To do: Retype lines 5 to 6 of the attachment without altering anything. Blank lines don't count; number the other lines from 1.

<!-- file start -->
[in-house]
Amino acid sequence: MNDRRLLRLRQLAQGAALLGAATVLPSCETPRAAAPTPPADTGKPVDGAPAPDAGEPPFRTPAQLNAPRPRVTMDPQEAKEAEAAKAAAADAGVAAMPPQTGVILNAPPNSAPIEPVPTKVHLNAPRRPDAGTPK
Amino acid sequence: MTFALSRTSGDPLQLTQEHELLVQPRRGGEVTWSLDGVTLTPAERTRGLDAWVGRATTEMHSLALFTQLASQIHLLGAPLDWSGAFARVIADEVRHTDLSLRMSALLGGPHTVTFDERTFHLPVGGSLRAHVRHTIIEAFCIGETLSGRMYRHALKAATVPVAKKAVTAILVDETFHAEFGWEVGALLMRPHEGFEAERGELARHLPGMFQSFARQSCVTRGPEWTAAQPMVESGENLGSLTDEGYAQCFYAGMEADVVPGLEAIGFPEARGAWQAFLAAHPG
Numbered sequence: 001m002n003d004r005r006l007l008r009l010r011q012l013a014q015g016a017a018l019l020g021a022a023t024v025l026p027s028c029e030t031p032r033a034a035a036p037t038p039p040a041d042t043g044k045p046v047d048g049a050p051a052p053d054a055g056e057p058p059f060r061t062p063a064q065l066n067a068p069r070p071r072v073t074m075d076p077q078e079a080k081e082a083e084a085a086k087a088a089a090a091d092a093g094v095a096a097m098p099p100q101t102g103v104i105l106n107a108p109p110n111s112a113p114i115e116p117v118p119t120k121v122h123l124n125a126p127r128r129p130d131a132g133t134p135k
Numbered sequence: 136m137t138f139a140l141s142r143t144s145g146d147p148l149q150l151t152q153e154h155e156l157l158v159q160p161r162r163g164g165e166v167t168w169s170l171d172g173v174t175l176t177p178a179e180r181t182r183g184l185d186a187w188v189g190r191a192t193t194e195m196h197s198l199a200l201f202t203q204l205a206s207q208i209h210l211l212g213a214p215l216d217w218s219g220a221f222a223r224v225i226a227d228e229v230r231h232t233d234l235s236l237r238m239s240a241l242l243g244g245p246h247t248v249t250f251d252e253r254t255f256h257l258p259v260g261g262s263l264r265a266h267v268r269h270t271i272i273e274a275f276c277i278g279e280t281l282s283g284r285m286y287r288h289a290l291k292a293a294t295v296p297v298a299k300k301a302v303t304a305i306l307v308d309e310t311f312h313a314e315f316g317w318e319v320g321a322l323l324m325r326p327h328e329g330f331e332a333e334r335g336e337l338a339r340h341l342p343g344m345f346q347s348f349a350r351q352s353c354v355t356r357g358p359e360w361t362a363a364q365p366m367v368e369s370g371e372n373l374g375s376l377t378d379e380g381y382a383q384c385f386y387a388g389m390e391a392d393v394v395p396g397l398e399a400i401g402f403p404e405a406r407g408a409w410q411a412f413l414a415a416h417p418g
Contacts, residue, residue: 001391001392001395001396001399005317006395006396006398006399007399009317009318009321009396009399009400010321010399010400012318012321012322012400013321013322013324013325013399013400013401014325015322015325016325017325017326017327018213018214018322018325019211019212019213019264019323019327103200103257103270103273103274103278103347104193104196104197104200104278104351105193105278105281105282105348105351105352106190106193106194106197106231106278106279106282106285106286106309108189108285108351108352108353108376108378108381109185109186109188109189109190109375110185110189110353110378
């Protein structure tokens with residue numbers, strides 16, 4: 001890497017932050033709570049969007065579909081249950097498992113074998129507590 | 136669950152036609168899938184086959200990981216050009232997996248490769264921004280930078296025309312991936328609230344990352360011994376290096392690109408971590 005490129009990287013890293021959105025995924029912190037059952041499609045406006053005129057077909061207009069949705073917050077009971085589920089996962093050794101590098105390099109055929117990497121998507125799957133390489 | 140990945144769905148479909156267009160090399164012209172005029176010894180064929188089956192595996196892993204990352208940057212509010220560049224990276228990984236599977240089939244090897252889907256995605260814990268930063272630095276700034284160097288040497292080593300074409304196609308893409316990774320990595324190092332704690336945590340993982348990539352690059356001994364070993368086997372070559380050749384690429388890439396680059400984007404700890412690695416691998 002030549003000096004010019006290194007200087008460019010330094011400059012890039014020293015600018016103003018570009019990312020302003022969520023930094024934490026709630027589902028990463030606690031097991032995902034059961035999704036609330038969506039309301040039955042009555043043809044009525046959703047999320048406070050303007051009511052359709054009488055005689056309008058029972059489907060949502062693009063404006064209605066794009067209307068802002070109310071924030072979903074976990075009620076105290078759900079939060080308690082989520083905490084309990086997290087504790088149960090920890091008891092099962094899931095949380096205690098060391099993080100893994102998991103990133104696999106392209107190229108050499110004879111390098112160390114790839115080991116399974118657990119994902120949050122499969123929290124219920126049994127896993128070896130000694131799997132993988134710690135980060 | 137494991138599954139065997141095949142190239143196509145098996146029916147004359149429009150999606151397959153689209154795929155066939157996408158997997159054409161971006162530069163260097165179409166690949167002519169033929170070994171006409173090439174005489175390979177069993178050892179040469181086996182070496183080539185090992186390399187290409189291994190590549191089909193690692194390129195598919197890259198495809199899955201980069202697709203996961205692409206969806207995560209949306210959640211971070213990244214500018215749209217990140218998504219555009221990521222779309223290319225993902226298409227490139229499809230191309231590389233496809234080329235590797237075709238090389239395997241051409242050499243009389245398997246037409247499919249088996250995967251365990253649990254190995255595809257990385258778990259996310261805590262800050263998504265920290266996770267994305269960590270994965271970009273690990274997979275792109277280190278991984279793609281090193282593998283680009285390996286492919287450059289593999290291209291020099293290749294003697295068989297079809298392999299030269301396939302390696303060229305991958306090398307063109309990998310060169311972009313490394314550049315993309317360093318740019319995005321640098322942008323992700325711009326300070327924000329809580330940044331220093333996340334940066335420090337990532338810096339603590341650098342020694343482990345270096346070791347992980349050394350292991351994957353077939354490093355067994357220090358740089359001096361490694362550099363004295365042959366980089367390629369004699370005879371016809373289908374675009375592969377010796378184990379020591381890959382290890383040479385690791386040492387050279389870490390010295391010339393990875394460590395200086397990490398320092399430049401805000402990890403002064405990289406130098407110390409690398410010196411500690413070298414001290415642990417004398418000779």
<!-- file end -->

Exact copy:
Numbered sequence: 136m137t138f139a140l141s142r143t144s145g146d147p148l149q150l151t152q153e154h155e156l157l158v159q160p161r162r163g164g165e166v167t168w169s170l171d172g173v174t175l176t177p178a179e180r181t182r183g184l185d186a187w188v189g190r191a192t193t194e195m196h197s198l199a200l201f202t203q204l205a206s207q208i209h210l211l212g213a214p215l216d217w218s219g220a221f222a223r224v225i226a227d228e229v230r231h232t233d234l235s236l237r238m239s240a241l242l243g244g245p246h247t248v249t250f251d252e253r254t255f256h257l258p259v260g261g262s263l264r265a266h267v268r269h270t271i272i273e274a275f276c277i278g279e280t281l282s283g284r285m286y287r288h289a290l291k292a293a294t295v296p297v298a299k300k301a302v303t304a305i306l307v308d309e310t311f312h313a314e315f316g317w318e319v320g321a322l323l324m325r326p327h328e329g330f331e332a333e334r335g336e337l338a339r340h341l342p343g344m345f346q347s348f349a350r351q352s353c354v355t356r357g358p359e360w361t362a363a364q365p366m367v368e369s370g371e372n373l374g375s376l377t378d379e380g381y382a383q384c385f386y387a388g389m390e391a392d393v394v395p396g397l398e399a400i401g402f403p404e405a406r407g408a409w410q411a412f413l414a415a416h417p418g
Contacts, residue, residue: 001391001392001395001396001399005317006395006396006398006399007399009317009318009321009396009399009400010321010399010400012318012321012322012400013321013322013324013325013399013400013401014325015322015325016325017325017326017327018213018214018322018325019211019212019213019264019323019327103200103257103270103273103274103278103347104193104196104197104200104278104351105193105278105281105282105348105351105352106190106193106194106197106231106278106279106282106285106286106309108189108285108351108352108353108376108378108381109185109186109188109189109190109375110185110189110353110378